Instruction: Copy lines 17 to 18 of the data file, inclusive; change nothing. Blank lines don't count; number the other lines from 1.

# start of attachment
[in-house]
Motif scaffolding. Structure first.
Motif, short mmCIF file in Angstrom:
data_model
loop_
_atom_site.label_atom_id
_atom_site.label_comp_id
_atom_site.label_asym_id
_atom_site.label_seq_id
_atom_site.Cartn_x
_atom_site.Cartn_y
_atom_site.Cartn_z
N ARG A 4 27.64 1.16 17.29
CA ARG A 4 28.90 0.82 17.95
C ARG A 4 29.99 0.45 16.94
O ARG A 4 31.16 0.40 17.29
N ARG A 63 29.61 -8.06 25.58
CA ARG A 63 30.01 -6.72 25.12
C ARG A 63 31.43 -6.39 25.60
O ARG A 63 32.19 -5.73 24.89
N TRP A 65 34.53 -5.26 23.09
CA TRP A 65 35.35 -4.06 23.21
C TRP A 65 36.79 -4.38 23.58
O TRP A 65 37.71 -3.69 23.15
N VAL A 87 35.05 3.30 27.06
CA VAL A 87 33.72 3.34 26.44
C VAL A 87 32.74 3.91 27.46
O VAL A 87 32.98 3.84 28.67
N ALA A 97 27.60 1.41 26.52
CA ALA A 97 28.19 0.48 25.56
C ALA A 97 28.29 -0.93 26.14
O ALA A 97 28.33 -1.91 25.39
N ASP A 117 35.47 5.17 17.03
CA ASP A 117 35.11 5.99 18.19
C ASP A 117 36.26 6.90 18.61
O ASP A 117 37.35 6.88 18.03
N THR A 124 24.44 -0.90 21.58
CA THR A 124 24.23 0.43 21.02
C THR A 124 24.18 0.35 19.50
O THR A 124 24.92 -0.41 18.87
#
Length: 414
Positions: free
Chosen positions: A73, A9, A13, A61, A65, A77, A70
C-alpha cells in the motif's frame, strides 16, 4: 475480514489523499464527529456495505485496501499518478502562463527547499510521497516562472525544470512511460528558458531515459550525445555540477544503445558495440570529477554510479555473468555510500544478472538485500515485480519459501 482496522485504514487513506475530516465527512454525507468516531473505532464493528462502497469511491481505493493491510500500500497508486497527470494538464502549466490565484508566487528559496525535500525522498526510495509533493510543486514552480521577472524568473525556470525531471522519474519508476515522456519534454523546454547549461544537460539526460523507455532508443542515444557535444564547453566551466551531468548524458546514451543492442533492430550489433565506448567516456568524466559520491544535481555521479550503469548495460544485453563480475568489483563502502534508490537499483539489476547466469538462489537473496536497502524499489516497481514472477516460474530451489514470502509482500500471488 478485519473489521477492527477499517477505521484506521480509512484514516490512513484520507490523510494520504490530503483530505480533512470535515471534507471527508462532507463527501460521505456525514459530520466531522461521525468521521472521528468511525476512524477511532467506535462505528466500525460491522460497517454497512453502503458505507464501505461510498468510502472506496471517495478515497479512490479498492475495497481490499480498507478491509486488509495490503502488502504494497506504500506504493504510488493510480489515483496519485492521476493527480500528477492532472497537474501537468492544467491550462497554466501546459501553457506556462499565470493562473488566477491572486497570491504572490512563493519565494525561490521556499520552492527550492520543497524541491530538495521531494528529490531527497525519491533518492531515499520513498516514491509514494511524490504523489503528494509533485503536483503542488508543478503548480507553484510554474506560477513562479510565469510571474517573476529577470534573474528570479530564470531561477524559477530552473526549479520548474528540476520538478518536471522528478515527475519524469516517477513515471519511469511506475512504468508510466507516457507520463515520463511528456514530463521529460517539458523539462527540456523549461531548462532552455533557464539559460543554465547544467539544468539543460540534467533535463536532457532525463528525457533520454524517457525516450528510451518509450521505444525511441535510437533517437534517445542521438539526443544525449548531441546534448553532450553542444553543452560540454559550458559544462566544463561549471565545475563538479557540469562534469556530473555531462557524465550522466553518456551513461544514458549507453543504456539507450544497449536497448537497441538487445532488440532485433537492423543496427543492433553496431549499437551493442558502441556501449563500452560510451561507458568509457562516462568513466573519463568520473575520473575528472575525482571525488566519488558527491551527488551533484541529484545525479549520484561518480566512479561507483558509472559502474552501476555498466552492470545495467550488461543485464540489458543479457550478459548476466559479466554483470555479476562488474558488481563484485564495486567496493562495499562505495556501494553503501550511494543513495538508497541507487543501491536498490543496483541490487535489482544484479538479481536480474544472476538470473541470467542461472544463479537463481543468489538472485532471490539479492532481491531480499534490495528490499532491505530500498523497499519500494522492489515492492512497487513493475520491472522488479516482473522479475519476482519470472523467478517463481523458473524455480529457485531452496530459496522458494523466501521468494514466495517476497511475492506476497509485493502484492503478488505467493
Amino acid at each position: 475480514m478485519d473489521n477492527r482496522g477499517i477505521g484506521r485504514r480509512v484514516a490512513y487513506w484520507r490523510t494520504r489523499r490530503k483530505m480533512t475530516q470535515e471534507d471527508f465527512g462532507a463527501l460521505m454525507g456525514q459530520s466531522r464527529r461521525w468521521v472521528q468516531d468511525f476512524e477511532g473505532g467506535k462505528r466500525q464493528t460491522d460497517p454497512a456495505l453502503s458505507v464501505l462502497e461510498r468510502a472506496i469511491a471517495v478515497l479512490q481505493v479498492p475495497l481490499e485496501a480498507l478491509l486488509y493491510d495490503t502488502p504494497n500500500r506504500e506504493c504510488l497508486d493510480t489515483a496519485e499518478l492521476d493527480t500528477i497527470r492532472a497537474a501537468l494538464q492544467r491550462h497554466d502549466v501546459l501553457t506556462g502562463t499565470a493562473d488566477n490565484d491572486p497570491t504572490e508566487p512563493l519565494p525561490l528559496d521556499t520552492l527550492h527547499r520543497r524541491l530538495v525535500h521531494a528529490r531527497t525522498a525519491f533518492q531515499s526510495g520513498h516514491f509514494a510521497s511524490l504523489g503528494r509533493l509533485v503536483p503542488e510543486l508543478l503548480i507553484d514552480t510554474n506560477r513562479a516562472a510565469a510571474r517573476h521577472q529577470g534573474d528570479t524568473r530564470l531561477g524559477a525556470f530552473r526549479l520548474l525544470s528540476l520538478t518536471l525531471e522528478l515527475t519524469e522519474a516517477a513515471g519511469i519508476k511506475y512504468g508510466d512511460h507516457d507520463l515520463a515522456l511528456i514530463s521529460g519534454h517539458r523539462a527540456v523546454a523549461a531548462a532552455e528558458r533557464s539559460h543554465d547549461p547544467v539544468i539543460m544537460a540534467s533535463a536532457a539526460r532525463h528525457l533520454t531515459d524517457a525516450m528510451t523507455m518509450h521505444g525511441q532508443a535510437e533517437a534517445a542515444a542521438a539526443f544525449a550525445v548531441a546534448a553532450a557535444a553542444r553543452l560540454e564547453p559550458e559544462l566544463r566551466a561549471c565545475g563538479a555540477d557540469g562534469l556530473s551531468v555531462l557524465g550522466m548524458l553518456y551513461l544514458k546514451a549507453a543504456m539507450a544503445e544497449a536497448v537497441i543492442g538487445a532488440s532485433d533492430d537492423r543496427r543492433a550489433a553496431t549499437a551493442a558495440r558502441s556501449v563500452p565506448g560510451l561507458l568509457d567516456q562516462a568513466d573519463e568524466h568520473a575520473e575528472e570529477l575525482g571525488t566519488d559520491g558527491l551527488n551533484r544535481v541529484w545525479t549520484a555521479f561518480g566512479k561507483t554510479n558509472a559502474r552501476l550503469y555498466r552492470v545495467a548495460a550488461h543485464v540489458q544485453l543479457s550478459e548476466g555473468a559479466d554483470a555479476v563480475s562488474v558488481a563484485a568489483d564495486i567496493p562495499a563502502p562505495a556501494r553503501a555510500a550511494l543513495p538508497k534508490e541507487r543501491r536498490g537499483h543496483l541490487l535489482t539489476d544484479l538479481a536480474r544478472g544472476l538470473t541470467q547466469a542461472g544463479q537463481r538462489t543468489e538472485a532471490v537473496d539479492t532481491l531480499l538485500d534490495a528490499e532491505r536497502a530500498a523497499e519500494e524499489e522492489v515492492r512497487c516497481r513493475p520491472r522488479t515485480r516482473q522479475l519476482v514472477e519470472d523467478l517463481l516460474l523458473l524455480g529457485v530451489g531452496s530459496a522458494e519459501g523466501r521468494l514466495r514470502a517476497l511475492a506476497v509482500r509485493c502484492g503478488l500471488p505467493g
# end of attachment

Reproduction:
N ARG A 63 29.61 -8.06 25.58
CA ARG A 63 30.01 -6.72 25.12